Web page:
Australians’ level of confidence in the federal government, down from 54.3 per cent in January, according to an ANU longitudinal survey. The results also show a decline in those who say they would vote for the Coalition, and in those satisfied with the direction of the country.

“The Greens want federal parliament to set up an independent commission of inquiry into Christian Porter’s fitness to be a minister and an allegation of sexual assault against him.”

Greens Senator Larissa Waters plans to introduce a bill setting up an inquiry, led by a former judge, into the allegation against Christian Porter, given the allegation will not be directly tested in his defamation case against the ABC.

The list

“The latest government determined to scapegoat kids is Michael Gunner’s Labor administration in the Northern Territory. On Tuesday night this week, NT Labor – which controls the Territory’s single house of parliament – rushed through amendments that will make it much easier to incarcerate kids, and much harder for them to get bail … In practice, that will mean a lot more kids in the Territory’s two youth detention centres: Don Dale in Darwin and the Alice Springs Youth Detention Centre.”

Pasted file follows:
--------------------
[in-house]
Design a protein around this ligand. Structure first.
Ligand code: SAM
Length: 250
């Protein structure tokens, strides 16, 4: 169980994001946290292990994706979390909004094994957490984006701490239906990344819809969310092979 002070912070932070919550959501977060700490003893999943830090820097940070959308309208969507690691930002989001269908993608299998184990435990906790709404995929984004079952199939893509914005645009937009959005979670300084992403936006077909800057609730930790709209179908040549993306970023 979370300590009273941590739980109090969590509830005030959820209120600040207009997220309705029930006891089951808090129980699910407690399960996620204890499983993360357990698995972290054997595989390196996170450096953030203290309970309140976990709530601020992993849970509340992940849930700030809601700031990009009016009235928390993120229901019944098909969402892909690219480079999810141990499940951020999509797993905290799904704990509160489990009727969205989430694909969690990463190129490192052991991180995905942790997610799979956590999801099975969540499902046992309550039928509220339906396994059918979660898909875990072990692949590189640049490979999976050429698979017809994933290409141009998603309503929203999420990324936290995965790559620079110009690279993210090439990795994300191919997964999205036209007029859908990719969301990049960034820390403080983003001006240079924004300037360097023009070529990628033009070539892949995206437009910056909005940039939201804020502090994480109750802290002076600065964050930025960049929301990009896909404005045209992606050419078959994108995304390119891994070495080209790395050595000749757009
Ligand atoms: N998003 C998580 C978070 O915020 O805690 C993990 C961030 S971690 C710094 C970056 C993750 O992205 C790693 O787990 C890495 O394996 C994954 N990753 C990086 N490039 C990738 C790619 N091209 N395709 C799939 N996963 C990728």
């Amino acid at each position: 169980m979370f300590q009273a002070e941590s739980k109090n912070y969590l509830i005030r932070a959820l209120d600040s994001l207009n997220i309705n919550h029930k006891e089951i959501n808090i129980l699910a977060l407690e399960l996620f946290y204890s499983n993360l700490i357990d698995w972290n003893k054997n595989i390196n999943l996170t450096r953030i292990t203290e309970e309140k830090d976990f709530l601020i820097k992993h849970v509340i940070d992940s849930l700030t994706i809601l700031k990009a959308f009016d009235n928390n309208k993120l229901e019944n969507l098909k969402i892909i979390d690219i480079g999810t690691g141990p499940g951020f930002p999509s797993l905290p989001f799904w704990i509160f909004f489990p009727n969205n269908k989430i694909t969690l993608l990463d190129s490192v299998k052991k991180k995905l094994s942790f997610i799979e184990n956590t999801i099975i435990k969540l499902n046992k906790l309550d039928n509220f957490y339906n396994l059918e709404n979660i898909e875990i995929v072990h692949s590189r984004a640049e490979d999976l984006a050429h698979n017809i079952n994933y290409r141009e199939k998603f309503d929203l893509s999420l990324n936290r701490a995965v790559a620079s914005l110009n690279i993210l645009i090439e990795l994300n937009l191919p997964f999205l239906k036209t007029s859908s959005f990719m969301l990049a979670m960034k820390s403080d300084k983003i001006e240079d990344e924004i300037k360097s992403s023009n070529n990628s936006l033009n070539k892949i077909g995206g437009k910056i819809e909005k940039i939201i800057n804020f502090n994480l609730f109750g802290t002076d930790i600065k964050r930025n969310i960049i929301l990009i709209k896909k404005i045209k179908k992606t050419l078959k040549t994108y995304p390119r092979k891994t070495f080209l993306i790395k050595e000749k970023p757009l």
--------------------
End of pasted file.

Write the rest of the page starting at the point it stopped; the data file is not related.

“The free-speech discourse of late is decoupled not just from the law but also from Australian history. The US history of racism is brutal, horrendous and unimaginable, yet well ventilated. The truth-telling is messy, difficult and ongoing. The legacy of white supremacy continues, and the country constantly grapples with racism in its many manifestations. Here in Australia, there is an agreeable, patrician silence. The progressivism displayed on so many social issues goes missing on matters of race. There has been no proper ventilation of our history, and I am not limiting this to Aboriginal history.”